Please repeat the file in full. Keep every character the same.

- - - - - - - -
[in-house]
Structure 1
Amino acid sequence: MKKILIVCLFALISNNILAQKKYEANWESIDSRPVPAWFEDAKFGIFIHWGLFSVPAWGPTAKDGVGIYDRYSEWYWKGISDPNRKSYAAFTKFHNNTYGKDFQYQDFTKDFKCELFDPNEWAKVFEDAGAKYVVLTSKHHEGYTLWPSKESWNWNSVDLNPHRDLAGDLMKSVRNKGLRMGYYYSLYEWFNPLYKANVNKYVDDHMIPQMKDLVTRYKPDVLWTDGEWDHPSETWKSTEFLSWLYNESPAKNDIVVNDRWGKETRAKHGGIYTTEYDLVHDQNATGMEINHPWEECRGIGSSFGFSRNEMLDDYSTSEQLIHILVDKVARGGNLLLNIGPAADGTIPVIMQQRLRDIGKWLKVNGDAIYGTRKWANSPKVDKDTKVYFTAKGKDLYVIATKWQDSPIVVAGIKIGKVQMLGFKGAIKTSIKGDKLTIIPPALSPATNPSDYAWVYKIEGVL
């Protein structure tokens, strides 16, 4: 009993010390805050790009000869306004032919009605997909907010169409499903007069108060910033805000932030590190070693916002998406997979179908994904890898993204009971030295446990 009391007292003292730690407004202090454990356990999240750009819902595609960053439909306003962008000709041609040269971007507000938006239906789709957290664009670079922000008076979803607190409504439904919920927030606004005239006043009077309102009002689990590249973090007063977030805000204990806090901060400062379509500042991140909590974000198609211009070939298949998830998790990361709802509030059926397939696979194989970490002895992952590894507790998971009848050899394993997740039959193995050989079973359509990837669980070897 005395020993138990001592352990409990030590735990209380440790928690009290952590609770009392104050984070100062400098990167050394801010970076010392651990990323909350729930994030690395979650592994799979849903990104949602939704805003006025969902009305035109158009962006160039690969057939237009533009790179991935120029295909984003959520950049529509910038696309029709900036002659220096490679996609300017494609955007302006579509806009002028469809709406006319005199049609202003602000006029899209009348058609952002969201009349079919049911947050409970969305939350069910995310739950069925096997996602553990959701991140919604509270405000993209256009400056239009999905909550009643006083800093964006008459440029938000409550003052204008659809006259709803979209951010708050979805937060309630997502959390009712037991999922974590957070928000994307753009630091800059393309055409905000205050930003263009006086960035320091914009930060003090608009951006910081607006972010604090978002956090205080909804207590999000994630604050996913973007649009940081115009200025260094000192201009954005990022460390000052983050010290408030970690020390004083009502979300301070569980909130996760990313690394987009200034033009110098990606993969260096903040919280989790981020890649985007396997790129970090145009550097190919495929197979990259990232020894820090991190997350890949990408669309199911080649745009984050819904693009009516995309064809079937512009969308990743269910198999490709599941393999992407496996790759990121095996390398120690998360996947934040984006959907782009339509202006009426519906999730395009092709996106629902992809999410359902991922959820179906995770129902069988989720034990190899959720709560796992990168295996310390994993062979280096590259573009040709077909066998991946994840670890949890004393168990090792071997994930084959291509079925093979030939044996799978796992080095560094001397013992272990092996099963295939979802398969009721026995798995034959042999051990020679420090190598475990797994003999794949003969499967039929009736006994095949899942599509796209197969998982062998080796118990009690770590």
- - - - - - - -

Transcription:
[in-house]
Structure 1
Amino acid sequence: MKKILIVCLFALISNNILAQKKYEANWESIDSRPVPAWFEDAKFGIFIHWGLFSVPAWGPTAKDGVGIYDRYSEWYWKGISDPNRKSYAAFTKFHNNTYGKDFQYQDFTKDFKCELFDPNEWAKVFEDAGAKYVVLTSKHHEGYTLWPSKESWNWNSVDLNPHRDLAGDLMKSVRNKGLRMGYYYSLYEWFNPLYKANVNKYVDDHMIPQMKDLVTRYKPDVLWTDGEWDHPSETWKSTEFLSWLYNESPAKNDIVVNDRWGKETRAKHGGIYTTEYDLVHDQNATGMEINHPWEECRGIGSSFGFSRNEMLDDYSTSEQLIHILVDKVARGGNLLLNIGPAADGTIPVIMQQRLRDIGKWLKVNGDAIYGTRKWANSPKVDKDTKVYFTAKGKDLYVIATKWQDSPIVVAGIKIGKVQMLGFKGAIKTSIKGDKLTIIPPALSPATNPSDYAWVYKIEGVL
């Protein structure tokens, strides 16, 4: 009993010390805050790009000869306004032919009605997909907010169409499903007069108060910033805000932030590190070693916002998406997979179908994904890898993204009971030295446990 009391007292003292730690407004202090454990356990999240750009819902595609960053439909306003962008000709041609040269971007507000938006239906789709957290664009670079922000008076979803607190409504439904919920927030606004005239006043009077309102009002689990590249973090007063977030805000204990806090901060400062379509500042991140909590974000198609211009070939298949998830998790990361709802509030059926397939696979194989970490002895992952590894507790998971009848050899394993997740039959193995050989079973359509990837669980070897 005395020993138990001592352990409990030590735990209380440790928690009290952590609770009392104050984070100062400098990167050394801010970076010392651990990323909350729930994030690395979650592994799979849903990104949602939704805003006025969902009305035109158009962006160039690969057939237009533009790179991935120029295909984003959520950049529509910038696309029709900036002659220096490679996609300017494609955007302006579509806009002028469809709406006319005199049609202003602000006029899209009348058609952002969201009349079919049911947050409970969305939350069910995310739950069925096997996602553990959701991140919604509270405000993209256009400056239009999905909550009643006083800093964006008459440029938000409550003052204008659809006259709803979209951010708050979805937060309630997502959390009712037991999922974590957070928000994307753009630091800059393309055409905000205050930003263009006086960035320091914009930060003090608009951006910081607006972010604090978002956090205080909804207590999000994630604050996913973007649009940081115009200025260094000192201009954005990022460390000052983050010290408030970690020390004083009502979300301070569980909130996760990313690394987009200034033009110098990606993969260096903040919280989790981020890649985007396997790129970090145009550097190919495929197979990259990232020894820090991190997350890949990408669309199911080649745009984050819904693009009516995309064809079937512009969308990743269910198999490709599941393999992407496996790759990121095996390398120690998360996947934040984006959907782009339509202006009426519906999730395009092709996106629902992809999410359902991922959820179906995770129902069988989720034990190899959720709560796992990168295996310390994993062979280096590259573009040709077909066998991946994840670890949890004393168990090792071997994930084959291509079925093979030939044996799978796992080095560094001397013992272990092996099963295939979802398969009721026995798995034959042999051990020679420090190598475990797994003999794949003969499967039929009736006994095949899942599509796209197969998982062998080796118990009690770590």